Joseph Park has a preternatural ability to handle paint. In another, long-past era he might have produced hyper-realistic paintings of, say, a dead pheasant and a hare, along with a drinking flagon, with the sheen of feathers still bright, every hair in place, and the subdued gleam of pewter so compelling you believe that if you reached out you would touch the actual objects.

But there is something different, and stranger, about Park’s paintings. Critic D. K. Row wrote in the Oregonian about a Portland Art Museum show a couple of years ago: “Joseph Park is a dazzling painter. Flat as sheets of Plexiglas, his oil-on-board compositions exude a highly specialized virtuosity normally reserved for slam-dunk contests, sleight-of-hand demonstrations and breakdancing competitions. The critical hazard of making dazzling artworks, of course, is that you fall so in love with your refined flourishes that you fail to notice that you’ve drifted into the unseemly realm of razzle-dazzle. Park, a 44-year-old Seattleite, seems intent on sidestepping this pitfall, but teeters precipitously in his exhibition at the Portland Art Museum.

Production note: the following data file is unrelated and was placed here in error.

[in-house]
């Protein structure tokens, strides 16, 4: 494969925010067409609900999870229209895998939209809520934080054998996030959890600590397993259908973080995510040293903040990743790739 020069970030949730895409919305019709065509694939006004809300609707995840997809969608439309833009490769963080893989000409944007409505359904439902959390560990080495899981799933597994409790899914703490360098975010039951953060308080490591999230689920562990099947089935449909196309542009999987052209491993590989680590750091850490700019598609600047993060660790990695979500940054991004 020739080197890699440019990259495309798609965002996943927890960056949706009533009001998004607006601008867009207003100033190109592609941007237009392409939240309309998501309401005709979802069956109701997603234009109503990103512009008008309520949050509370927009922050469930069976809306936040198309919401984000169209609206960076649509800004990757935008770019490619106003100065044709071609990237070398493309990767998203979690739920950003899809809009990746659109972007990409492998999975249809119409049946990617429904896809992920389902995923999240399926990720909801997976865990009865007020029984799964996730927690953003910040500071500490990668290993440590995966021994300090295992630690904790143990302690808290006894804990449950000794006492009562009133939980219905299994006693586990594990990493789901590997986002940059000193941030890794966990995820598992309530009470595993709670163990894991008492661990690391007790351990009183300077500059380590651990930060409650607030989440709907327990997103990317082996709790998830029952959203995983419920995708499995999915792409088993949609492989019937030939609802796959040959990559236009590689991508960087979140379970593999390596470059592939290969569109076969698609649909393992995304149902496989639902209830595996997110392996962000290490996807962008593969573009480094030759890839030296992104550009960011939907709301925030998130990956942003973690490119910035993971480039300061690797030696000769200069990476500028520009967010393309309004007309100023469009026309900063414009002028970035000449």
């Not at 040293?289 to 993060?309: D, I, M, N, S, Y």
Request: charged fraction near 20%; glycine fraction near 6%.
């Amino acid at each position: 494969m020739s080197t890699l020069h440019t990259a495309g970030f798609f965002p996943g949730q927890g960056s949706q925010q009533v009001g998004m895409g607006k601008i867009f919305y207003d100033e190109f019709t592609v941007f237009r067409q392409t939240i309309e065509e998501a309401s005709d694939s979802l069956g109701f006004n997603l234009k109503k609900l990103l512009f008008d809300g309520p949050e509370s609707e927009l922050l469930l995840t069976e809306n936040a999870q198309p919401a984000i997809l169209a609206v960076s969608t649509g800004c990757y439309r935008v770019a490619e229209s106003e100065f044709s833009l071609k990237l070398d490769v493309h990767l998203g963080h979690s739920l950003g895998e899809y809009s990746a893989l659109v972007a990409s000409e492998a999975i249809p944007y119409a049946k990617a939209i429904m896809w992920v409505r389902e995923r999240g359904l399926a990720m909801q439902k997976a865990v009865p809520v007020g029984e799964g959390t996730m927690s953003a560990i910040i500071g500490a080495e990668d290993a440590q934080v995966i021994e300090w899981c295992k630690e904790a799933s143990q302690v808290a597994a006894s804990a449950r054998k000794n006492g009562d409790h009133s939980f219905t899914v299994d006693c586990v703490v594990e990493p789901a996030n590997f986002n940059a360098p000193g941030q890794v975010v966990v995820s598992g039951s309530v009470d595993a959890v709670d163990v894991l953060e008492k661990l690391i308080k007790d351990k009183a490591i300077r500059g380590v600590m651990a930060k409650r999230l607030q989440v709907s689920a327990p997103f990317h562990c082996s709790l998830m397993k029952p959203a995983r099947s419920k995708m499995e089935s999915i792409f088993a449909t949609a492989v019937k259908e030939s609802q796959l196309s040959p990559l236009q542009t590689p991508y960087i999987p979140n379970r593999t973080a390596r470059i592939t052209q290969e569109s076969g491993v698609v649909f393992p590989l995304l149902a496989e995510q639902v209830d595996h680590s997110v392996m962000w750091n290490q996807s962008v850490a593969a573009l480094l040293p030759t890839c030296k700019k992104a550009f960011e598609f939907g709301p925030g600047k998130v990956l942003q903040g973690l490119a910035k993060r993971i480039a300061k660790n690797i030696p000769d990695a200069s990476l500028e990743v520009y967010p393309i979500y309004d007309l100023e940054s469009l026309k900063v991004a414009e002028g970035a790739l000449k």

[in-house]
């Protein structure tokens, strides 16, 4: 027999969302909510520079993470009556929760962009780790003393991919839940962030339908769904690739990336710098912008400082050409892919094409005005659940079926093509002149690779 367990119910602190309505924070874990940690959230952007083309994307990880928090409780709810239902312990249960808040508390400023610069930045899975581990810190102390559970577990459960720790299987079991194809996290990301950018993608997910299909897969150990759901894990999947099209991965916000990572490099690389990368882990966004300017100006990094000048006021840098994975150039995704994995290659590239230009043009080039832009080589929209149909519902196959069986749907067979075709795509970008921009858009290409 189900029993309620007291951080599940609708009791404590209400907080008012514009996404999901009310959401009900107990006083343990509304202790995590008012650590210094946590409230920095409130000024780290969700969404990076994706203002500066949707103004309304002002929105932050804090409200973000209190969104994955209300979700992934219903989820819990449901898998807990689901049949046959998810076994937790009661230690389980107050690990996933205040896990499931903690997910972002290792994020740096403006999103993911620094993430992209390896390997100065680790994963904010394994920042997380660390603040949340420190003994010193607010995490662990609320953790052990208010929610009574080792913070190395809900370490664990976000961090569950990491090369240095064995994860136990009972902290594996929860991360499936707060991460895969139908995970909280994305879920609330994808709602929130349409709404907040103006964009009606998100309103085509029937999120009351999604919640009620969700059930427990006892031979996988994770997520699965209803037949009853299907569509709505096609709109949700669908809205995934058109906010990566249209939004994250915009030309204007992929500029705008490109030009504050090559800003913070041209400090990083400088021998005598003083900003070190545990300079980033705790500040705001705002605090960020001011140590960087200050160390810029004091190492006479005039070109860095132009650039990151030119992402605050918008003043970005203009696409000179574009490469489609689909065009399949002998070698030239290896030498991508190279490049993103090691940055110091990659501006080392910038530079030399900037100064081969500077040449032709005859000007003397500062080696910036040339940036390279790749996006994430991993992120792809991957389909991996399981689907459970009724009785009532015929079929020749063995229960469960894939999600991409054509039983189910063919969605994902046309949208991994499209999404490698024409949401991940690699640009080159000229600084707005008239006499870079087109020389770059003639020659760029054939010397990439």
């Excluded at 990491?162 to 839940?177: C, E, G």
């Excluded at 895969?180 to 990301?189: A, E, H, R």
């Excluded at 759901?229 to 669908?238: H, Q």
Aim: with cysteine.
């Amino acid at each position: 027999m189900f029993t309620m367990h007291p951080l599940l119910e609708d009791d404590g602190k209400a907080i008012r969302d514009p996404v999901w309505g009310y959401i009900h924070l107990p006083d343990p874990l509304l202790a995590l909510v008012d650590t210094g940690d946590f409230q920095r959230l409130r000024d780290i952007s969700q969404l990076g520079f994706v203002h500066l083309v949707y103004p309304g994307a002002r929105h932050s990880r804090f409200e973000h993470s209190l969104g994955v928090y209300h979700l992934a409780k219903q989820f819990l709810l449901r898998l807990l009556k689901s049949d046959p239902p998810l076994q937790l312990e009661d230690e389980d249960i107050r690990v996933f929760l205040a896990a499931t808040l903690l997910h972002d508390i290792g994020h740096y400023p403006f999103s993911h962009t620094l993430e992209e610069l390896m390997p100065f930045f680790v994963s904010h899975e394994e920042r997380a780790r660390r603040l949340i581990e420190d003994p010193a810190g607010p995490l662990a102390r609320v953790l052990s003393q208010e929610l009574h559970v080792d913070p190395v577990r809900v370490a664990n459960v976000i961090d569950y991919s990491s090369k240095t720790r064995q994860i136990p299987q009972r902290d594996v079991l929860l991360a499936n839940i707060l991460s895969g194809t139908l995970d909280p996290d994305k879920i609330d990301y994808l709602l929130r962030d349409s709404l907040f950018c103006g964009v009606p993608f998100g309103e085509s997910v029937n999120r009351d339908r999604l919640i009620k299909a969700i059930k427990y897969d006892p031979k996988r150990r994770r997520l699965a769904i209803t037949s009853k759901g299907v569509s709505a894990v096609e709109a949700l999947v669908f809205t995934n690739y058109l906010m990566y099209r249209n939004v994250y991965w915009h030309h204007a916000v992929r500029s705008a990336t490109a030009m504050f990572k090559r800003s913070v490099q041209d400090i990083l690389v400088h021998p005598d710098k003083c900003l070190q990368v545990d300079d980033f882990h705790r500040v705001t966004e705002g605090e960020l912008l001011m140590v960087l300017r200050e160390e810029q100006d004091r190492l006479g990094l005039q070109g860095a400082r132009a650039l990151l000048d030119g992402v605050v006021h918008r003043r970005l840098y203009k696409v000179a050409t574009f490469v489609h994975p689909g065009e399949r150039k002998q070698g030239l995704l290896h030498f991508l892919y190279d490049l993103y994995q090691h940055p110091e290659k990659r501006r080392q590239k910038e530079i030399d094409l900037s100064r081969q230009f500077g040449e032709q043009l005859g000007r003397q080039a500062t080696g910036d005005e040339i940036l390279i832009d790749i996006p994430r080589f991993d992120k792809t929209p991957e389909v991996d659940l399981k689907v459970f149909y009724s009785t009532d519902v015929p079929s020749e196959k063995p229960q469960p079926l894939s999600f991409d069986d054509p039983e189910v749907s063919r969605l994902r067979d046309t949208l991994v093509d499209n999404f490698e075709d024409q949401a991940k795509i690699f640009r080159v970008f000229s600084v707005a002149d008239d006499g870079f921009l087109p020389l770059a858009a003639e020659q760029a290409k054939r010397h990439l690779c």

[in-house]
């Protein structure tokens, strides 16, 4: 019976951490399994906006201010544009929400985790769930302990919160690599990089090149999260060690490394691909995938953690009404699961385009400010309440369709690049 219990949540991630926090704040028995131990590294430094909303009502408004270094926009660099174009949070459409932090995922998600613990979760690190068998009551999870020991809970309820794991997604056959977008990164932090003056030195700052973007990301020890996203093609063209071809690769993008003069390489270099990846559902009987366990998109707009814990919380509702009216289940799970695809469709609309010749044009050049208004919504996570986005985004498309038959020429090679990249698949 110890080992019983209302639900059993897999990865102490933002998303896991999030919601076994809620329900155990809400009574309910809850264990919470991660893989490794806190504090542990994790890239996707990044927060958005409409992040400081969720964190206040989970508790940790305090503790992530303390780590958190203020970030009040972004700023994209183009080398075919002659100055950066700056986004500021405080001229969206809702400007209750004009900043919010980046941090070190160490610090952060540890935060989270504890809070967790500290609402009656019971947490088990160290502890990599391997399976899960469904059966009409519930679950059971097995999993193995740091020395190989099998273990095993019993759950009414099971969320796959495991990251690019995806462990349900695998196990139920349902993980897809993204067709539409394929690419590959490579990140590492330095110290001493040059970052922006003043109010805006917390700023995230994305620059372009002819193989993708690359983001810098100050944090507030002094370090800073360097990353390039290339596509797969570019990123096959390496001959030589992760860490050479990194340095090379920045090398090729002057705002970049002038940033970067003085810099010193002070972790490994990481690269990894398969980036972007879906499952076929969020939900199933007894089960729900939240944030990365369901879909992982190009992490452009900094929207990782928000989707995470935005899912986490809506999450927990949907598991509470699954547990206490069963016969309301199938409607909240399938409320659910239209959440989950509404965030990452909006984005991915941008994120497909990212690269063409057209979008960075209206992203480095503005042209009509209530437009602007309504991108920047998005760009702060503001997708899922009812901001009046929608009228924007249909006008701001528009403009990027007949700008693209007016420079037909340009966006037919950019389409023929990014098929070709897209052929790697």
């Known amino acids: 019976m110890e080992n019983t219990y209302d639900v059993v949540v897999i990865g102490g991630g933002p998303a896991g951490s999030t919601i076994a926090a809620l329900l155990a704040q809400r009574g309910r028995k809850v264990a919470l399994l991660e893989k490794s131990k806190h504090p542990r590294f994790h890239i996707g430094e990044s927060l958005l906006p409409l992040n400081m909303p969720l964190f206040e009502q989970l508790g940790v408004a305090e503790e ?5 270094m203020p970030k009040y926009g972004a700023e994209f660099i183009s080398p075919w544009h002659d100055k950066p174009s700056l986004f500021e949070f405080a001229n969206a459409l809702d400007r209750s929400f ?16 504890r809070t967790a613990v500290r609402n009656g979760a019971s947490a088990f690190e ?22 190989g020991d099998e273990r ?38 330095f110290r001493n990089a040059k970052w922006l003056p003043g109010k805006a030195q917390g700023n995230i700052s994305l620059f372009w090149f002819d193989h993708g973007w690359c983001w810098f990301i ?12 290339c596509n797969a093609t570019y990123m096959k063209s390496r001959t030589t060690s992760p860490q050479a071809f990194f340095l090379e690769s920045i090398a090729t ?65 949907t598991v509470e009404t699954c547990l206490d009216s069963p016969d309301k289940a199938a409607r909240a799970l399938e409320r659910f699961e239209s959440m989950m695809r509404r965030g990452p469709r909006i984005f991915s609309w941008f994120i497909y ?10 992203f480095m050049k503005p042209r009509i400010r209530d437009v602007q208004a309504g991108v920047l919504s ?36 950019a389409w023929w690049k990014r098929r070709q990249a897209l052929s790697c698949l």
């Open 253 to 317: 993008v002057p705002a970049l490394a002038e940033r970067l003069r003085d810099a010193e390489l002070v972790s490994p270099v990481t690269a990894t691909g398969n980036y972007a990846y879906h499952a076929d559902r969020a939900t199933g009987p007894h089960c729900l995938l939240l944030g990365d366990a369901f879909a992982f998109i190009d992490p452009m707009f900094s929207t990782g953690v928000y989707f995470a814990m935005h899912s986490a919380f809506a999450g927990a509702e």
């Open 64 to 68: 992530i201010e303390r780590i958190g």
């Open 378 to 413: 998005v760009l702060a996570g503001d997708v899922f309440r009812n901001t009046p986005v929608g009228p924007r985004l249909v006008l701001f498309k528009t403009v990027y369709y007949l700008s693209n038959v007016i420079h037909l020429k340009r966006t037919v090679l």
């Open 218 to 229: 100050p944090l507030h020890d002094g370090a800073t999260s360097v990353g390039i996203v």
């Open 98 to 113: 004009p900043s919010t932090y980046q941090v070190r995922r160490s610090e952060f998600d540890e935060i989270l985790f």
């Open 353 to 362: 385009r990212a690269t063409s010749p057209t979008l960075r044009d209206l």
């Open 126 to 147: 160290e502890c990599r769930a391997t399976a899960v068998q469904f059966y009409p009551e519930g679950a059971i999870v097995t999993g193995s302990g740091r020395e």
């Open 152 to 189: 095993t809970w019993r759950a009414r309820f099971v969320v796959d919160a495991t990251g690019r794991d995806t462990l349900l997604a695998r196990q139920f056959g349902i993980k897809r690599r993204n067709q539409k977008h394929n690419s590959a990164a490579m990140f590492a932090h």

Perhaps I would put it in another way. A post-modern wind has blown over Joe Park’s paintings. None of them has the innocence of a straightforward, pre-photographic attempt to depict things as they are in themselves and in our perception. Instead we see a wide range influences—surrealism, cubism, anime, film noir …

…in both his subject matter (little animated cartoon animals, portraits, rethinkings of old paintings) and treatment.

Artists now can avail themselves of a wide range of possible, already existent styles and media. One way to deal with this plethora of possibilities is to go abstract, eschewing all reproduction of visual forms. Joseph Park has chosen another path—of subtle illusion, allusion and elusion.

Whim W’Him is thrilled at his contribution—a full-length study of company dancer Chalnessa Eames—to its très out on a whim auction and party, October 15, 2011 at the fabulous studio/gallery and apartment of Steve Jensen and Vincent Lipe.